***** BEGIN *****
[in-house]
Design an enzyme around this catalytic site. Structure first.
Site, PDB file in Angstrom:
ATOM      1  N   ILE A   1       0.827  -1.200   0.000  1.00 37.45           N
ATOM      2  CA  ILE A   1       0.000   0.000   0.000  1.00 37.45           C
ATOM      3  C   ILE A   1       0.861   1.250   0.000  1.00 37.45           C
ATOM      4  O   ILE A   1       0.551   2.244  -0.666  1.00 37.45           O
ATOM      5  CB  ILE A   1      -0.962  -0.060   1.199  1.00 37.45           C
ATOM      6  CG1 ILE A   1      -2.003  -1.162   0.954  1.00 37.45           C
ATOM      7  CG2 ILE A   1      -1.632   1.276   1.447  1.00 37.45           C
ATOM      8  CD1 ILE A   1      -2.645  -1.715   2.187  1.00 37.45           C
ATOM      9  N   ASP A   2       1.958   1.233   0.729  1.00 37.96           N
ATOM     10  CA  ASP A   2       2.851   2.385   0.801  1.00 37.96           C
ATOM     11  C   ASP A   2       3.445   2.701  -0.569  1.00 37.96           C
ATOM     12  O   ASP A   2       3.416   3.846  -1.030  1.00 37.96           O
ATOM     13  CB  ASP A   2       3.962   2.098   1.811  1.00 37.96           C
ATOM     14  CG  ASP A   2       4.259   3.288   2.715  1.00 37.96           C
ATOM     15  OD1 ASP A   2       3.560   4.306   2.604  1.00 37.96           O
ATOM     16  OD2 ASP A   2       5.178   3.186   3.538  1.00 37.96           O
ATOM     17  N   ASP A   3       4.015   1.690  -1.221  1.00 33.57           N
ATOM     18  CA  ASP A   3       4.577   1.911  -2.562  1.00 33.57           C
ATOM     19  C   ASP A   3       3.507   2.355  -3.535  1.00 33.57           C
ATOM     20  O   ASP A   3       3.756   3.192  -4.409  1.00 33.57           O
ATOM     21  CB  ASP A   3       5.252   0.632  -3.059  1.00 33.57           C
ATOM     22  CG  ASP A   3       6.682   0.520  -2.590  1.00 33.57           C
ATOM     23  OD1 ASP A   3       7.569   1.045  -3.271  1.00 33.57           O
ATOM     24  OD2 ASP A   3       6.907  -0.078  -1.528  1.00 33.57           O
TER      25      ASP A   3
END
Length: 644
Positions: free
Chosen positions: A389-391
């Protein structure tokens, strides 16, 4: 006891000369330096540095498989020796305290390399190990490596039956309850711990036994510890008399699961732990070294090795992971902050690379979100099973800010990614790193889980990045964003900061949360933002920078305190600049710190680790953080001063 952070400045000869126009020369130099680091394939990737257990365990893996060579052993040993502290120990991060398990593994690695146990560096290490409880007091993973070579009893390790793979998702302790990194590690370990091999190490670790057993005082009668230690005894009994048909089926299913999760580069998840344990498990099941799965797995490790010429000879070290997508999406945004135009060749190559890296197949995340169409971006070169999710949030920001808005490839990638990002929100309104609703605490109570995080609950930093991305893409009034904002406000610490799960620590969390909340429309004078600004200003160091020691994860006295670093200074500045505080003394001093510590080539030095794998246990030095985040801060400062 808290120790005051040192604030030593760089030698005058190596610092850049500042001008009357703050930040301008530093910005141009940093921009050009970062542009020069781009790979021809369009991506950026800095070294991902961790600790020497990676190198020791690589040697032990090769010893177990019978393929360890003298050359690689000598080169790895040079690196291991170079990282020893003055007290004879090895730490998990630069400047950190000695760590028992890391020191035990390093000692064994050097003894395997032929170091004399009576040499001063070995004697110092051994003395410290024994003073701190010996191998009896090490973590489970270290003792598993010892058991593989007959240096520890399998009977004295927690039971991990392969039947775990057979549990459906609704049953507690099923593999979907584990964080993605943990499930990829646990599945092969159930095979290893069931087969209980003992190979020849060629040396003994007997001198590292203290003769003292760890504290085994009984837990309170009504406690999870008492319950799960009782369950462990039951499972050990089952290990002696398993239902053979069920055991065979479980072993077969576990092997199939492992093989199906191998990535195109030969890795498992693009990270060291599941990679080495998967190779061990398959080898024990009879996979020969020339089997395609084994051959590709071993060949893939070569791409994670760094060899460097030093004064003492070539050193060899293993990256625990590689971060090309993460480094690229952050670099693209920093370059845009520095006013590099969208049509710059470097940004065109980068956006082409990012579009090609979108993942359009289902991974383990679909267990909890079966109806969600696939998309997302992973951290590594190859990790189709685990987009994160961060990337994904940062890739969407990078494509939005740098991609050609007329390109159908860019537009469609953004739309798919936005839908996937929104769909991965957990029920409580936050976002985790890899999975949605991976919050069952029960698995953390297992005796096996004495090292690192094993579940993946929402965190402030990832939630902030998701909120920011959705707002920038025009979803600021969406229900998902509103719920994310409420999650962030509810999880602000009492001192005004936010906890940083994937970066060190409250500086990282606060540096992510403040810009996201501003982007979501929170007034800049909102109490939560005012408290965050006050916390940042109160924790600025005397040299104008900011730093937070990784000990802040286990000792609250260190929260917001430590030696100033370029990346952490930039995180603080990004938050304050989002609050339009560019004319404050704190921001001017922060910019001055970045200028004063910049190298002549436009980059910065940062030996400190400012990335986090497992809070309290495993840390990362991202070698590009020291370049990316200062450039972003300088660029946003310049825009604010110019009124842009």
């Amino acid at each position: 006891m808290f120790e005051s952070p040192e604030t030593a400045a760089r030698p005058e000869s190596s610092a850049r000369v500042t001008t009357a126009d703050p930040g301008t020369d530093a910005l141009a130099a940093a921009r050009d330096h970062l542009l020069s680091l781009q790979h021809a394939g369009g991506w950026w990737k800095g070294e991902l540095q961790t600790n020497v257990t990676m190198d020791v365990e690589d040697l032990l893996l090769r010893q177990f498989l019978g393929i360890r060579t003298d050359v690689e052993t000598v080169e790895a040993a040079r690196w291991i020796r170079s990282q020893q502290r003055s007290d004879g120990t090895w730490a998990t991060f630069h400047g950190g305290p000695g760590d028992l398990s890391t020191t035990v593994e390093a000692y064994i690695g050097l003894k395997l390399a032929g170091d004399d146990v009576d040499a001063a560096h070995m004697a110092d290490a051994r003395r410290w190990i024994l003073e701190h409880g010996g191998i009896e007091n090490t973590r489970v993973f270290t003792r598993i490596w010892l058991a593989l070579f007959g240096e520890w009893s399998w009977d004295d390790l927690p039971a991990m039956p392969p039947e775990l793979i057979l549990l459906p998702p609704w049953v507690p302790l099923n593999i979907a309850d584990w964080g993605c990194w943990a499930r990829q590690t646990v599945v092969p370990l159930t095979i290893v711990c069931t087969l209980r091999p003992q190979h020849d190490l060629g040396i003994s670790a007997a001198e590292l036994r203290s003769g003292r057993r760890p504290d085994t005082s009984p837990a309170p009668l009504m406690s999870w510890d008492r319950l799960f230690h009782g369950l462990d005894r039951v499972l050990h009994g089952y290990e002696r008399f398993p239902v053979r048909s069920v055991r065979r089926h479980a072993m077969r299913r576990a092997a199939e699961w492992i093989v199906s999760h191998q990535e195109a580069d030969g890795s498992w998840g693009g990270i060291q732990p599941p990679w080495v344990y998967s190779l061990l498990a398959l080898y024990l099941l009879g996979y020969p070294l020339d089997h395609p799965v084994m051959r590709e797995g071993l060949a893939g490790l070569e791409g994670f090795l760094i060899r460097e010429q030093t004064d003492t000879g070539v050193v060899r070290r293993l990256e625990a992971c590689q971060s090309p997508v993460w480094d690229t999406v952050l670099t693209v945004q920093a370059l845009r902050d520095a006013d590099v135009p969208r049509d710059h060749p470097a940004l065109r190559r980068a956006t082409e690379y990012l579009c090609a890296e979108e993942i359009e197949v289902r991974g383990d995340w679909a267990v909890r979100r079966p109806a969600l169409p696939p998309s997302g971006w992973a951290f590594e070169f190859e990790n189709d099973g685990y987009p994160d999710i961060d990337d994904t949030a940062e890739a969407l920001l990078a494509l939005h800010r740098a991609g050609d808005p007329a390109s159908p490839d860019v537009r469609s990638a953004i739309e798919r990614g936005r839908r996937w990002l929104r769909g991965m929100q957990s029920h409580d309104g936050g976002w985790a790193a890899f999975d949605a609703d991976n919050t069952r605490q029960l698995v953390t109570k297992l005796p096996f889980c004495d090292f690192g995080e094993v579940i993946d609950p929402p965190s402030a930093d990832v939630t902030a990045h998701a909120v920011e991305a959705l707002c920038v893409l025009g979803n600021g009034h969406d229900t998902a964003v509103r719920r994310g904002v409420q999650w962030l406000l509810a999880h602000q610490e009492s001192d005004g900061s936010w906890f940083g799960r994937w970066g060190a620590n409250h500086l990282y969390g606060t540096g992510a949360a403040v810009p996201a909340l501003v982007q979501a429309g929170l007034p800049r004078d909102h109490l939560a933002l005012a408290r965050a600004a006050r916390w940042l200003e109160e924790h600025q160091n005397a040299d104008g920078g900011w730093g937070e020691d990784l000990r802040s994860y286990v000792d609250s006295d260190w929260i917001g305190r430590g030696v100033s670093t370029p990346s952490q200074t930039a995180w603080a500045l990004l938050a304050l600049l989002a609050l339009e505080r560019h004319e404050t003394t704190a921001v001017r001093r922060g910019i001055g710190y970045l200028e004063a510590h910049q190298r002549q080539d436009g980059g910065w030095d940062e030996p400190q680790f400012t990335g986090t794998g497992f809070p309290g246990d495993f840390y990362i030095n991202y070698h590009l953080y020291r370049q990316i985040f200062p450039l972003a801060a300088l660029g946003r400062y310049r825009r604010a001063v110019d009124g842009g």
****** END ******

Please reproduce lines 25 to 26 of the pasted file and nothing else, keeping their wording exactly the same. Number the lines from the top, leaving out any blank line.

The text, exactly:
ATOM     22  CG  ASP A   3       6.682   0.520  -2.590  1.00 33.57           C
ATOM     23  OD1 ASP A   3       7.569   1.045  -3.271  1.00 33.57           O